Harry Truman tells that after the sudden and lamented death of President Roosevelt, he found himself President of the United States. It was an awful thought. The war was still going on and he felt unprepared for his gigantic task. But he said he prayed that God would give him strength and wisdom for the days ahead. He said, "As I entered the White House car, I noticed Tony Vaccaro, Capitol Hill correspondent for the Associated Press, as he stood on the kerb. I told him to hop in and three of us (ie., including Hugh Fulton) drove to the White House together. In our conversation, I remember saying that few men in history equalled the one in whose shoes I was stepping and I silently prayed to God that I could measure up to the task." Truman believed prayer undoubtedly worked, and prayer turned the tide of events in human life, in political and economical crises. He understood what James said, "A good man's prayer is powerful and effective."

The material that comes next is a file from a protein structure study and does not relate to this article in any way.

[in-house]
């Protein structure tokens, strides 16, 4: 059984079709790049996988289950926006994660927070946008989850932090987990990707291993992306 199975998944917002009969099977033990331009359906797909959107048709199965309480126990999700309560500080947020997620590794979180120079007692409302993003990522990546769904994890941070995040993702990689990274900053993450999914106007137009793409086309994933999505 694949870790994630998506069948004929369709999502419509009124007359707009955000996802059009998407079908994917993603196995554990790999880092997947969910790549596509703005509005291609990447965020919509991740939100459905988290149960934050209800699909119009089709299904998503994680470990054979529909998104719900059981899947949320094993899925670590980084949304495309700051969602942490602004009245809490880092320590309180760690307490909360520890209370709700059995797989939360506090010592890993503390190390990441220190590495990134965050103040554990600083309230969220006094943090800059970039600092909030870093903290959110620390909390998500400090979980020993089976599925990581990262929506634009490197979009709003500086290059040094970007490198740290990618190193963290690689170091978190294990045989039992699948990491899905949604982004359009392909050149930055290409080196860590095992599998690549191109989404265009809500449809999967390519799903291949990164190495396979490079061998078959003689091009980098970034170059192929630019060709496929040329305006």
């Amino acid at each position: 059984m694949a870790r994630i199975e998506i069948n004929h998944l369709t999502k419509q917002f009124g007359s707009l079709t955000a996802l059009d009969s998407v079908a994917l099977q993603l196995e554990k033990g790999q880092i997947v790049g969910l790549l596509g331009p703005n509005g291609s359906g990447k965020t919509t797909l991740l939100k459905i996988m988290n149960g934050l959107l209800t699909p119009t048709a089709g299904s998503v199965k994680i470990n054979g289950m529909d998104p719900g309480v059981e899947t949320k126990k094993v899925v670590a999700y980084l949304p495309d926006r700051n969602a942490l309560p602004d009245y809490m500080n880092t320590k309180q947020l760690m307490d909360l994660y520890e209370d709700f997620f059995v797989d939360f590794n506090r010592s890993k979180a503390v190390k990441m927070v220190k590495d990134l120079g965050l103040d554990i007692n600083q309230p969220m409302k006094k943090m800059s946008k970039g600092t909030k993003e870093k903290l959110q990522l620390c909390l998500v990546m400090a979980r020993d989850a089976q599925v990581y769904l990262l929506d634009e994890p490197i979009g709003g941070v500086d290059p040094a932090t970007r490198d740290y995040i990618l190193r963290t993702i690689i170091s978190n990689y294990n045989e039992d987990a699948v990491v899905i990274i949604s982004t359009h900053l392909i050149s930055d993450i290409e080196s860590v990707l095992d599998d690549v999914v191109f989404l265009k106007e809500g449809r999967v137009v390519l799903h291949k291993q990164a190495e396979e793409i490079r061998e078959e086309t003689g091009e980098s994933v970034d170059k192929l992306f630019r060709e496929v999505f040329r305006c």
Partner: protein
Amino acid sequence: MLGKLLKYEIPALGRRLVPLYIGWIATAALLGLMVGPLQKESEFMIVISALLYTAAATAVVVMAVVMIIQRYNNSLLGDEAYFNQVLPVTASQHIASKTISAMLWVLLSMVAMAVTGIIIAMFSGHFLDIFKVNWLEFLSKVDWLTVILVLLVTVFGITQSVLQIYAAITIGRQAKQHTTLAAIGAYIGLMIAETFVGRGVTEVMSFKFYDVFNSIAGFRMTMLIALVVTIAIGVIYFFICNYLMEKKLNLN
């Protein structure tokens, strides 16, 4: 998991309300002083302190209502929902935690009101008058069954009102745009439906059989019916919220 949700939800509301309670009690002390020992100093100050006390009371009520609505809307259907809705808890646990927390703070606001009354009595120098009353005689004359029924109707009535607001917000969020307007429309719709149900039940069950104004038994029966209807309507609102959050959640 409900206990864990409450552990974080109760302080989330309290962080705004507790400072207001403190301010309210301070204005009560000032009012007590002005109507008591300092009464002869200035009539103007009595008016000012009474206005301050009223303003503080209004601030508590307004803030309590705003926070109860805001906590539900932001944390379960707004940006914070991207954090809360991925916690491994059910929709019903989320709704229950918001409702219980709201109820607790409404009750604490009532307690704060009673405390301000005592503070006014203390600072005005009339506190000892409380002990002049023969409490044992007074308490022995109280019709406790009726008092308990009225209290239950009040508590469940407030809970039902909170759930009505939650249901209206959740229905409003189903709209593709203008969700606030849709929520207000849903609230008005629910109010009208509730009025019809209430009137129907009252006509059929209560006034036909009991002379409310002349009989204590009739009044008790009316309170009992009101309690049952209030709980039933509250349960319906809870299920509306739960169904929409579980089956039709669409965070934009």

Field Marshal Viscount Alenbrooke tells of his appointment as Chief of Imperial General Staff. Winston Churchill, then Prime Minister, invited him to chequers. Here are Lord Alenbrooke's own words. "I can remember clearly that after he had taken me away to his study and offered me this appointment, he left me alone temporarily to join the others. I am not an exceptionally religious person, but I am not ashamed to confess that as soon as he was out of the room, my first impulse was to kneel down and pray to God for guidance and support in the task I had undertaken. As I look back at the years that followed, I can now see clearly how well this prayer was answered." It is a remarkable testimony from one of the ablest soldiers the British Army has ever had the privilege to have, and it was a noble decision. "My first impulse was to kneel down and pray…" Let us pray for the world leaders that the Lord may open their eyes to the Living Christ.